The triple (D, A, B) decomposes as follows. Let l(A) and l(B) be the largest row indices such that A and B have a non-zero entry in this row, respectively. After we remove all "short edges" from D, i.e., all edges of weight 1 between consecutive vertices, the resulting graph is an ordered collection of templates ([[GAMMA].sub.1], ..., [[GAMMA].sub.r]), listed left to right. Let [k.sub.s] be the smallest vertex in D of each template [[GAMMA].sub.s]. Record all pairs ([[GAMMA].sub.s], [k.sub.s]) which satisfy [k.sub.s] + l([[GAMMA].sub.s]) [less than or equal to] d - max(l(A), l(B)). Record the remaining templates together with all vertices i, for i [greater than or equal to] max(l(A), l(B)) in one graph A on vertices 0, ..., l by shifting the vertex labels by d - l. See Example 3.4 for an example of this decomposition. Furthermore, by construction, if m is the number of recorded pairs ([[GAMMA].sub.s], [k.sub.s]), we have

[MATHEMATICAL EXPRESSION NOT REPRODUCIBLE IN ASCII], (3.1)

Fix a floor diagram D. A partitioning of [alpha] and [beta] into a compatible pair of collections ({[[alpha].sup.i], [[beta].sup.i]}) (see Step 1 in Definition 2.3), where i runs over the vertices of D, determines a pair of matrices A, B, if [[alpha].sub.1], [[alpha].sub.2], ..., [[beta].sub.1], [[beta].sub.2], ... are large enough as follows. Define the ith row [a.sub.i] resp. [b.sub.i] of the matrices A resp. B to be the sequence [[alpha].sup.d-i] resp. [[beta].sup.d-i], for i [greater than or equal to] 1, where d is the degree of D. (If d - i [less than or equal to] 0, set

[a.sub.i] = [b.sub.i] = 0.) In other words, the jth entry [a.sub.ij] in row i of A is the number of [alpha]-edges of weight i adjacent to the (j + 1)st vertex of [LAMBDA], counted from the right, and similarly for B (see Example 3.2). The sequences [[alpha].sup.d] and [[beta].sup.d] (which are attached to the right-most vertex of D) satisfy

[[alpha].sup.d] = [alpha] - [summation over (i[greater than or equal to]1)] [a.sub.i] and [[beta].sup.d] = [beta] - [summation over (i[greater than or equal to]1)] [b.sub.i] (3.2)

if both expression are (component-wise) non-negative.

Example 3.2 For [alpha] = (1,1), [beta] = (4,1) and the floor diagram D pictured below, the partitioning determines the matrices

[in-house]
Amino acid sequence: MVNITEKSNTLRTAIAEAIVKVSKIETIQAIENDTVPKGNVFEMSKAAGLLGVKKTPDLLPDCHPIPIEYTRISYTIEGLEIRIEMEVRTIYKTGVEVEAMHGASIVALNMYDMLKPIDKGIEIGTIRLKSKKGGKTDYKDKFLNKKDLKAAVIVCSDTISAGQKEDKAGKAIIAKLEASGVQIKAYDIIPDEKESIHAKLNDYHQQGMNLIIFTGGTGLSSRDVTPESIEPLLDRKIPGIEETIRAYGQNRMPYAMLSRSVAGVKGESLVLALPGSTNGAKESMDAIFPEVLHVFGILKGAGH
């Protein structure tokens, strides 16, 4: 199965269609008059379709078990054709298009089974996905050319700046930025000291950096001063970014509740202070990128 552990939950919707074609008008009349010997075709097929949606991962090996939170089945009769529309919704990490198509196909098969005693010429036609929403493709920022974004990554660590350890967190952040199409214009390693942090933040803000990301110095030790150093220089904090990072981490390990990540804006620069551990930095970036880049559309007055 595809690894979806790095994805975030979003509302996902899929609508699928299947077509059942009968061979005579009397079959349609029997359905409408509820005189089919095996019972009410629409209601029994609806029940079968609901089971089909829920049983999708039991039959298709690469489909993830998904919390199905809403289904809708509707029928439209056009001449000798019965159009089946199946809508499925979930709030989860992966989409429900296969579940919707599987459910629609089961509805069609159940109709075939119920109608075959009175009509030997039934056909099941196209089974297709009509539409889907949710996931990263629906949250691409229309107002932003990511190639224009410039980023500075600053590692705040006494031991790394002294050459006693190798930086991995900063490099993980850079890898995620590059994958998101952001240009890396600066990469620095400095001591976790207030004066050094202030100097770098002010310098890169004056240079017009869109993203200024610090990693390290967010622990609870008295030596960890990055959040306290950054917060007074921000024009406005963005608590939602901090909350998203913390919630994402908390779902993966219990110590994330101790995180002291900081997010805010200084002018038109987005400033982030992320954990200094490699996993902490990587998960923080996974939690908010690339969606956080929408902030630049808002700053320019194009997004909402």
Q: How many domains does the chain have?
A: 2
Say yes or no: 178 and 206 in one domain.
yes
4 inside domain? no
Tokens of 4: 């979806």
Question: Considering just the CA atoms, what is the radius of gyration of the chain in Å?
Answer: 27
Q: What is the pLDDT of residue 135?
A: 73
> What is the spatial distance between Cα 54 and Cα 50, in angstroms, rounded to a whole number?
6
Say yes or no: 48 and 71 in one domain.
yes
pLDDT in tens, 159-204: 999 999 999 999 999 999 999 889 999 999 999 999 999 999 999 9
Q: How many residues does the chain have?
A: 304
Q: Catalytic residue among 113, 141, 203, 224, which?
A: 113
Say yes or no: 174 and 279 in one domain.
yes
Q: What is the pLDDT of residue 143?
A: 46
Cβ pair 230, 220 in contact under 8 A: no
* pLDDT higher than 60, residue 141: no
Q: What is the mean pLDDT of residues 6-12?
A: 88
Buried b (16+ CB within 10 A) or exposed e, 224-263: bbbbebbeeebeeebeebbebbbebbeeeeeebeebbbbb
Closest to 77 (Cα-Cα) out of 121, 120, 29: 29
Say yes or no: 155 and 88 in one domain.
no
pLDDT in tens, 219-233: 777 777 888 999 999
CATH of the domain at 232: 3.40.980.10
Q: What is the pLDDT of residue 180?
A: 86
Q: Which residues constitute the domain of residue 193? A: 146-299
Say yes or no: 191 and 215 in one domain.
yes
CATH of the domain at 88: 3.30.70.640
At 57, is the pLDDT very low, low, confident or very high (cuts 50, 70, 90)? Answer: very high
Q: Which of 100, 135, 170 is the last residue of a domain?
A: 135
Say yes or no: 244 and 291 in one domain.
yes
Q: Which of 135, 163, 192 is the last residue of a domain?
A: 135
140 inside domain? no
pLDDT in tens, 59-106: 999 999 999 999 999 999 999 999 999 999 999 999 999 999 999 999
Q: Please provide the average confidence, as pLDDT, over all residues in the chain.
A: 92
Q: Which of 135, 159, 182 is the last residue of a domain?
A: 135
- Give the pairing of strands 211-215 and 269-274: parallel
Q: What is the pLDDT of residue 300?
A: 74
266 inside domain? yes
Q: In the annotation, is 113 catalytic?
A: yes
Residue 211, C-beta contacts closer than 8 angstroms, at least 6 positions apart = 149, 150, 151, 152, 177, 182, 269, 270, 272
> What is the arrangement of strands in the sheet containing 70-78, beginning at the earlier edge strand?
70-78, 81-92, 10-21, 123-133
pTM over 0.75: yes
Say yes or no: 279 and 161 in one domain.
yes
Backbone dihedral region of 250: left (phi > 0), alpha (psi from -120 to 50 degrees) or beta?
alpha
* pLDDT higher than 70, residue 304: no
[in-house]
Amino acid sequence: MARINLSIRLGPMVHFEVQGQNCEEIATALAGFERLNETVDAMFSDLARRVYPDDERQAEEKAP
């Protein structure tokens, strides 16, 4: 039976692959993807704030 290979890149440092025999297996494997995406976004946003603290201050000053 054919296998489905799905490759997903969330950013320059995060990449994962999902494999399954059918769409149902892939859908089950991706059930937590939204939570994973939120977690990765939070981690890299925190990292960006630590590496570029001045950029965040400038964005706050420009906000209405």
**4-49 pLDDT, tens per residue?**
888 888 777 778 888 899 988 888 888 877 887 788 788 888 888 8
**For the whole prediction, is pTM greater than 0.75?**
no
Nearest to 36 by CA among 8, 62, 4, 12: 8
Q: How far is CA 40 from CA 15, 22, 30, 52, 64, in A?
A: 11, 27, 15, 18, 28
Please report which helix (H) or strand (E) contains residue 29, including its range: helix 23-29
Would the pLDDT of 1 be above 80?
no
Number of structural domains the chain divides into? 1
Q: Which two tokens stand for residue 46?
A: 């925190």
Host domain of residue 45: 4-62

[MATHEMATICAL EXPRESSION NOT REPRODUCIBLE IN ASCII]

determines the matrices

[MATHEMATICAL EXPRESSION NOT REPRODUCIBLE IN ASCII]

In light of (3.2) we consider, for given tangency conditions [alpha] and [beta], only triples (D, A, B) with

[summation over (i[greater than or equal to]1)] [a.sub.i] [less than or equal to] [alpha] and [summation over (i[greater than or equal to]1)] [b.sub.i] [less than or equal to] [beta] (always component-wise), (3.3)

For fixed d, the decomposition

(D,A,B) [right arrow] ({([[GAMMA].sub.s], [k.sub.s])}, [LAMBDA], A, B). (3.4)

is reversible if the data on the right-hand side satisfies (3.1) and the tuple ([LAMBDA], A, B) is an "extended template."

Definition 3.3 A tuple ([LAMBDA], A, B) is an extended template of length l = l(A) = l([LAMBDA], A, B) if [LAMBDA] is a directed graph (possibly with multiple edges) on vertices {0, ..., l}, where l [greater than or equal to] 0, with edge weights w(e) [member of] [Z.sub.>0], satisfying:

1. If i [right arrow] j is an edge then i < j.

2. Every edge [MATHEMATICAL EXPRESSION NOT REPRODUCIBLE IN ASCII] has weight w(e) [greater than or equal to] 2. (No "short edges.")

Moreover, we require A and B to be (infinite) matrices with non-negative integral entries and finite support, and we write l(A) and l(B) for the respective largest row indices of A and B of a non-zero entry. Additionally, we demand that l([LAMBDA]) [greater than or equal to] max(l(A), l(B)) and that, for each 1 [less than or equal to] j < l - max(l(A), l(B)), there is an edge i [right arrow] k of [LAMBDA] with i < j < k.

Example 3.4 An example of a decomposition of a floor diagram D subject to the matrices A and B of Example 3.2 is pictured below. Once we fix the degree of the floor diagram the decomposition is reversible (here d = 8).

[ILLUSTRATION OMITTED]

The cogenus of an extended template ([LAMBDA], A, B) is the sum of the cogenera [delta]([LAMBDA]), [delta](A) and [delta](B), where

[MATHEMATICAL EXPRESSION NOT REPRODUCIBLE IN ASCII]

and similarly for B. It is not hard to see that the correspondence (3.4) is cogenus preserving in the sense that

[delta](D) = ([m.summation over (i=1)][delta]([[GAMMA].sub.i])) + [delta]([LAMBDA]) + [delta](A) + [delta](B).